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Kessler v. Herklotz

Supreme Court of New York, Appellate Division

May 14, 1909

KESSLER ET AL.
v.
HERKLOTZ ET AL.

Appeal from Special Term, New York County.

Action by Alfred Kessler and others against John D. Herklotz and others. From an order directing Lawrence E. Sexton, as trustee in bankruptcy of plaintiffs, to pay costs awarded to defendants by a judgment against plaintiffs, he appeals. Reversed.

[117 N.Y.S. 46] G. H. Gilman (S. J. Rosensohn, on the brief), for appellant.

Marshall Stearns (George A. Strong, on the brief), for respondents.

Argued before INGRAHAM, LAUGHLIN, CLARKE, HOUGHTON, and SCOTT, JJ.

LAUGHLIN, J.

This action was brought to recover $35,000 and interest for moneys had and received. Upon the trial a verdict was directed for the plaintiff, and the exceptions were ordered heard in the first instance at the Appellate Division, where judgment was ordered for the plaintiff on the verdict. On November 19, 1907, this judgment was reversed by the Court of Appeals, 190 N.Y. 24, 82 N.E. 739.During the pendency of the case on appeal in the Court of Appeals and on the 30th day of October, 1907, the plaintiffs made an assignment for the benefit of their creditors, and thereafter and on the 8th day of November of the same year a petition was filed in the district court of New York by creditors to have them adjudged bankrupts, and the appellant was on that day appointed receiver in bankruptcy, and on the 30th day of December thereafter was duly elected trustee in bankruptcy. Prior to the appointment of the receiver in bankruptcy, the cause had been argued in the Court of Appeals by counsel representing the plaintiffs. Neither the receiver nor the trustee in bankruptcy took any part in the conduct of the case until after the decision of the Court of Appeals reversing the judgment and awarding a new trial with costs to abide the event. After the decision of the Court of Appeals the attorney for the plaintiffs conferred with the appellant with respect to the advisability of trying the cause again and urged that course, and on the 14th of April, 1908, he transmitted to the appellant a notice of motion served in behalf of the defendants to have the cause placed upon the call calendar in order to have it set down for trial. The appellant, on receiving this notice of motion, conferred with his counsel, Mr. Macfarlane, and wrote the attorney for the plaintiffs, returning the notice and stating, in substance, that:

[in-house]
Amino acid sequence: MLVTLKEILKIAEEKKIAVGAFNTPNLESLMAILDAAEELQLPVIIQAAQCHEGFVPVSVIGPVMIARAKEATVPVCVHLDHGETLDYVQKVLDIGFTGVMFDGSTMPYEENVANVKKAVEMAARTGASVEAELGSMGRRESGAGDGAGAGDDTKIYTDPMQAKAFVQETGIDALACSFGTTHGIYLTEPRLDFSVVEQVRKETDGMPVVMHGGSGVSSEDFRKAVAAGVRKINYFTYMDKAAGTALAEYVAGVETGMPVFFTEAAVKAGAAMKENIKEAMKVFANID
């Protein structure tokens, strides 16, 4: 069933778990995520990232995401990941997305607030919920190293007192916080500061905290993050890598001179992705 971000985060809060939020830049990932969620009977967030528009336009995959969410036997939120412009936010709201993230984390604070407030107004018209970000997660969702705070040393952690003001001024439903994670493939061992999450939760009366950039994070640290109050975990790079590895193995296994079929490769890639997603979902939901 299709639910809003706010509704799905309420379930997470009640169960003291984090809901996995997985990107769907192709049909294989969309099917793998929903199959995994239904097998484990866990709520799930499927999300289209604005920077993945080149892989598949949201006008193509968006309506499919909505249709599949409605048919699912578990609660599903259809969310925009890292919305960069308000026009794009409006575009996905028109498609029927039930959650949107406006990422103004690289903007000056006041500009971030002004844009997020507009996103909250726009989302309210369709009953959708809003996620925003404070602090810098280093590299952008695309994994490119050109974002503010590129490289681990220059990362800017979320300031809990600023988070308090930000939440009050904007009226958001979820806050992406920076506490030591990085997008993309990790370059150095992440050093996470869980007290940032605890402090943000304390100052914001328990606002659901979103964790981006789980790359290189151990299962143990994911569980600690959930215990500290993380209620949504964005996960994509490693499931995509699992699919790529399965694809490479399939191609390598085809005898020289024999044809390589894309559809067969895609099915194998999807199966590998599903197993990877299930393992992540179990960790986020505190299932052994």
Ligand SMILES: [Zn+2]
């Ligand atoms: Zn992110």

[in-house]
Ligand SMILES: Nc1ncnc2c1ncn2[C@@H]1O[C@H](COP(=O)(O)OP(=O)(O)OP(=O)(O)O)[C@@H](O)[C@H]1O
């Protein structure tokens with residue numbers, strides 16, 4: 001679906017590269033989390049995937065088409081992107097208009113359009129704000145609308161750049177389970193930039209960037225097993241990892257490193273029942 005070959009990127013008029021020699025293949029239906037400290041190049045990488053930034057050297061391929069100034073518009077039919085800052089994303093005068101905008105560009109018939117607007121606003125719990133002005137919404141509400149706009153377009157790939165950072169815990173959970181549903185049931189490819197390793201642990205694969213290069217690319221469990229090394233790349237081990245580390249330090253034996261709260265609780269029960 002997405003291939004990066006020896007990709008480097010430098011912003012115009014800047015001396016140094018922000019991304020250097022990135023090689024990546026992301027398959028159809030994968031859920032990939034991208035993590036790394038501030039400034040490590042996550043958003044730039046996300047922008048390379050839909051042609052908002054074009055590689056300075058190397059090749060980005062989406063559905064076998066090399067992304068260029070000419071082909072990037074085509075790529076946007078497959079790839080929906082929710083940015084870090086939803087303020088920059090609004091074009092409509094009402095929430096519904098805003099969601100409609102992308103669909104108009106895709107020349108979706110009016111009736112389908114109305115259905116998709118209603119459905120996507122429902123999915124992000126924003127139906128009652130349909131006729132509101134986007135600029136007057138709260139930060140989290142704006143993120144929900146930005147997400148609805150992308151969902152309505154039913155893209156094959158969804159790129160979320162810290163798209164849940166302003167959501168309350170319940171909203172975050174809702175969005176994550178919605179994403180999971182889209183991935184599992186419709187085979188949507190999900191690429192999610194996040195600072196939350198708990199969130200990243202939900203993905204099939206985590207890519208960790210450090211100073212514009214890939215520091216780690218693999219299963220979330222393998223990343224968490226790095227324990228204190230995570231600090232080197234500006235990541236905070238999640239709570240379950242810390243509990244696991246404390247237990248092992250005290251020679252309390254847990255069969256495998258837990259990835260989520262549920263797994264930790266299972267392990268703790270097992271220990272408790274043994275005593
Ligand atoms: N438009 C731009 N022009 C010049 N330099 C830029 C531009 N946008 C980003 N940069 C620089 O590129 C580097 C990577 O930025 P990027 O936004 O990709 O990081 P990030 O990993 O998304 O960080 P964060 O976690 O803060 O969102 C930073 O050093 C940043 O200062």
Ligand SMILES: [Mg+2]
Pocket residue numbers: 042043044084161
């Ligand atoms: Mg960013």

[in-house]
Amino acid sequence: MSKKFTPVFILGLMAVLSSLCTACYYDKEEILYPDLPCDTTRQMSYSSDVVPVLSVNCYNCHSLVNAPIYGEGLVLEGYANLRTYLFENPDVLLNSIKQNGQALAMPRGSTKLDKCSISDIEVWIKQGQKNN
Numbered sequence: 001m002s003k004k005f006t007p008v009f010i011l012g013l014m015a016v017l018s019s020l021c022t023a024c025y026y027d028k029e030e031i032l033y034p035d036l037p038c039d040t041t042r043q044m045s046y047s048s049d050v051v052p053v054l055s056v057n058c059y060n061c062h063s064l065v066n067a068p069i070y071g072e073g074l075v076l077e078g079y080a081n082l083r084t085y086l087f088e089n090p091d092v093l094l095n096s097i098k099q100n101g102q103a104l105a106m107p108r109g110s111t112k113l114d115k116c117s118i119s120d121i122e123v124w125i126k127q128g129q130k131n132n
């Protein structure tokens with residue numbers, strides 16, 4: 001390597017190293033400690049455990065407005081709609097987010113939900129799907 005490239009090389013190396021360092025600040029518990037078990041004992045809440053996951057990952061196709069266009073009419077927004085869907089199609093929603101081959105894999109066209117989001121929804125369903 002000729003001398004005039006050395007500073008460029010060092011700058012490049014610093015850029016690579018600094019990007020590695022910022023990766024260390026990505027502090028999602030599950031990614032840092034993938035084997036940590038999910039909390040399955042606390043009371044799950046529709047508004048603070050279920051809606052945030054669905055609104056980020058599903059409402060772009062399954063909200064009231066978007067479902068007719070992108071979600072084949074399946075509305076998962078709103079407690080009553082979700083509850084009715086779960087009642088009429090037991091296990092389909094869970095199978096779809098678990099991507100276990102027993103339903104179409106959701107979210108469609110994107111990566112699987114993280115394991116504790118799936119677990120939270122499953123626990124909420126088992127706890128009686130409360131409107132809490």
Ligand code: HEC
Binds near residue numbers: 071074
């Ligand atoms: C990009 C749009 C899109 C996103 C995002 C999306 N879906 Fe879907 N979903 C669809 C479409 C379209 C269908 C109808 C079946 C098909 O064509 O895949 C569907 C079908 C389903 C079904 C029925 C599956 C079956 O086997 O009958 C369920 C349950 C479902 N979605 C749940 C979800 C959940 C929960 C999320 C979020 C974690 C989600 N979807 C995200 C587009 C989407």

He " was quite willing to have the case retried on behalf of the late firm of Kessler & Co. upon the understanding that leave of the bankruptcy court be obtained if that is necessary, and that, in the event of plaintiffs' failure to obtain a favorable judgment, no charges for professional services be made against the estate of Kessler & Co., or against me as trustee thereof. On the other hand, should you succeed on behalf of the plaintiffs, I shall recommend a liberal compensation for your services out of the proceeds of any judgment which might be obtained. I write this so that we may both have some memorandum of the matter. I have not had occasion to look up the question of whether or not application should be made to the United States District Court for leave to continue this action in my name as trustee. If such leave be necessary, I suggest that you communicate upon the subject with Mr. Macfarlane, and arrange with him as to the making of such application and obtain the order therefor."